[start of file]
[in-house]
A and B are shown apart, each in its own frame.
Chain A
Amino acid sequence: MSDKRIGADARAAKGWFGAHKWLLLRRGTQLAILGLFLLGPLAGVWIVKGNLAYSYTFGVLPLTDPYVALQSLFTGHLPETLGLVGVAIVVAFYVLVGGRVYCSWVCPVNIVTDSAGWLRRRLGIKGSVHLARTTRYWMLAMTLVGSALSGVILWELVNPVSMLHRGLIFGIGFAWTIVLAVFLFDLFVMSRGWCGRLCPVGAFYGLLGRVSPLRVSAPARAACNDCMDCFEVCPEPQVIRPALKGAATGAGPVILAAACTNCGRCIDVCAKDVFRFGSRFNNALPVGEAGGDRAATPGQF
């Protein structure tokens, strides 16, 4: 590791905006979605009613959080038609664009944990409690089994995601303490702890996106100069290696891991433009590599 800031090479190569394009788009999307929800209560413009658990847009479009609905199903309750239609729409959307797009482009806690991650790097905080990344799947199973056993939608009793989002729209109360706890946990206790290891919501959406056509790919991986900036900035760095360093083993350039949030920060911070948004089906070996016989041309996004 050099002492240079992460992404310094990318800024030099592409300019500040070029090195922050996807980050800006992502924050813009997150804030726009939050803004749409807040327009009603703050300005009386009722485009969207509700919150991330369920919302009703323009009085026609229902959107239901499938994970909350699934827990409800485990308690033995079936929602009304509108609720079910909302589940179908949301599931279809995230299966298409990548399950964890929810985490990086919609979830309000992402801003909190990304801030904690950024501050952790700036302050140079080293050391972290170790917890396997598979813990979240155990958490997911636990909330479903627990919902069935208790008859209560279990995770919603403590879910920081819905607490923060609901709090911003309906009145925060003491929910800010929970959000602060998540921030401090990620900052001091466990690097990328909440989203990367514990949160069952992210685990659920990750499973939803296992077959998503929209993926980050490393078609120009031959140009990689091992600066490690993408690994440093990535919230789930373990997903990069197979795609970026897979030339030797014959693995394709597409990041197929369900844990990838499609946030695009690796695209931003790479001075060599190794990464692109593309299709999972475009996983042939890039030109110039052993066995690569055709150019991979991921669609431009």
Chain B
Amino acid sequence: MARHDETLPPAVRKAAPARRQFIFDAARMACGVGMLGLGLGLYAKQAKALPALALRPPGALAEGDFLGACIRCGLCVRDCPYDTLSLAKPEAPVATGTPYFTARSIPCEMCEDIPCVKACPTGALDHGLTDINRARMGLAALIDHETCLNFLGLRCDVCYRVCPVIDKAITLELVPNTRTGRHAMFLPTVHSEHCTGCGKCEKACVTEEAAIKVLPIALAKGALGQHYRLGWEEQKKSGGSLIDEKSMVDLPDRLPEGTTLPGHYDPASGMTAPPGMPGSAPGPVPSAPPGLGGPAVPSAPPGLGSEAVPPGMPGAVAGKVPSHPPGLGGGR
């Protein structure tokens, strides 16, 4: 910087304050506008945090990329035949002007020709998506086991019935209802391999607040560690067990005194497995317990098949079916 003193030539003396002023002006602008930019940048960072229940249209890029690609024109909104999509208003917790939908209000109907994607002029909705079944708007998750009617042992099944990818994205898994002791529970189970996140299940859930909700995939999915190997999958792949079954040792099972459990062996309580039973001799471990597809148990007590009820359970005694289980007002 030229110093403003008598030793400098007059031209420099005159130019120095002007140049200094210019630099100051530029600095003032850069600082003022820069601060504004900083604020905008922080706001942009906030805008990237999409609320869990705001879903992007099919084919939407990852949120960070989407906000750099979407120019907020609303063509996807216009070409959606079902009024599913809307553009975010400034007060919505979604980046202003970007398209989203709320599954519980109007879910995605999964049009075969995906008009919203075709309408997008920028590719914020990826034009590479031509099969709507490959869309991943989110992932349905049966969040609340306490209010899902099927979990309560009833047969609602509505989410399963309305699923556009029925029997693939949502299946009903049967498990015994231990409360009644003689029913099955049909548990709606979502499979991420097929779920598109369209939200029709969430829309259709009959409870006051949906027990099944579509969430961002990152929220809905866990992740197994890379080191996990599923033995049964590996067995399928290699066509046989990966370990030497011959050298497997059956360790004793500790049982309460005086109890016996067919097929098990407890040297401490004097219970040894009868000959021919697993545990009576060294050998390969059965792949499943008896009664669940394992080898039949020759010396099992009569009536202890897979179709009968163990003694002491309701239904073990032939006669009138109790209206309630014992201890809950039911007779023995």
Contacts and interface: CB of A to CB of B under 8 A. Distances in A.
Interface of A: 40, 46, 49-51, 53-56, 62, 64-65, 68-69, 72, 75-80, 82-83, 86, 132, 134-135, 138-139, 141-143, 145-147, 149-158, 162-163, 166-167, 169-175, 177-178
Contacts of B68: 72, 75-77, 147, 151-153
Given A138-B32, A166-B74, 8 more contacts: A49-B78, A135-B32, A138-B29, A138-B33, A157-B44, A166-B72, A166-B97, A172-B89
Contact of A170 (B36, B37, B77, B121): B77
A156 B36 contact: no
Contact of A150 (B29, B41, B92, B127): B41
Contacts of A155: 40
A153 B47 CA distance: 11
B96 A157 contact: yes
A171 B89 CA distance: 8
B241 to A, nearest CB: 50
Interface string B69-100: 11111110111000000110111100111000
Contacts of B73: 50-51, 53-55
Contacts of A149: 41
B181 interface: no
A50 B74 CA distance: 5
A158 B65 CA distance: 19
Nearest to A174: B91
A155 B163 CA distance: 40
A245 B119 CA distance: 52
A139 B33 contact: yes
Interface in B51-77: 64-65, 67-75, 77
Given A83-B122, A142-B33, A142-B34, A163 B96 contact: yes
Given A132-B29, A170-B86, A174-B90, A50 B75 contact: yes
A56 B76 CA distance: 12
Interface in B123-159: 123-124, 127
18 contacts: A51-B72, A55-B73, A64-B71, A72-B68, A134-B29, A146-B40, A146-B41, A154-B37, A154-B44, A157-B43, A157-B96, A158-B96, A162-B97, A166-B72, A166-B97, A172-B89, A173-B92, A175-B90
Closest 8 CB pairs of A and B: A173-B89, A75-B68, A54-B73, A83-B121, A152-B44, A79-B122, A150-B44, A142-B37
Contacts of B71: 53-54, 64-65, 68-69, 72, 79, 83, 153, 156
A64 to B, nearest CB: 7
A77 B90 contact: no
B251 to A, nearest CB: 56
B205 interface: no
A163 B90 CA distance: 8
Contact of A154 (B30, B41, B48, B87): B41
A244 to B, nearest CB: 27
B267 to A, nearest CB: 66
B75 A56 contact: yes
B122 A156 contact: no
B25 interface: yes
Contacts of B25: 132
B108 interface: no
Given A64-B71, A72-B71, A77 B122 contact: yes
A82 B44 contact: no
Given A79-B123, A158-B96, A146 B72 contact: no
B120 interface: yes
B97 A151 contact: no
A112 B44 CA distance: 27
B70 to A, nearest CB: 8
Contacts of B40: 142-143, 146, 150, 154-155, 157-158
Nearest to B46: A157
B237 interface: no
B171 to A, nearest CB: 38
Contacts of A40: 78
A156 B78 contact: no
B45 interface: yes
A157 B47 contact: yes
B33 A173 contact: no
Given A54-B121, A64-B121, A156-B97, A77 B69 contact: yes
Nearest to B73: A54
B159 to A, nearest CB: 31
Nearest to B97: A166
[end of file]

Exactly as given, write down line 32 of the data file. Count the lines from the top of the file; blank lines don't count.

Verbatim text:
Given A83-B122, A142-B33, A142-B34, A163 B96 contact: yes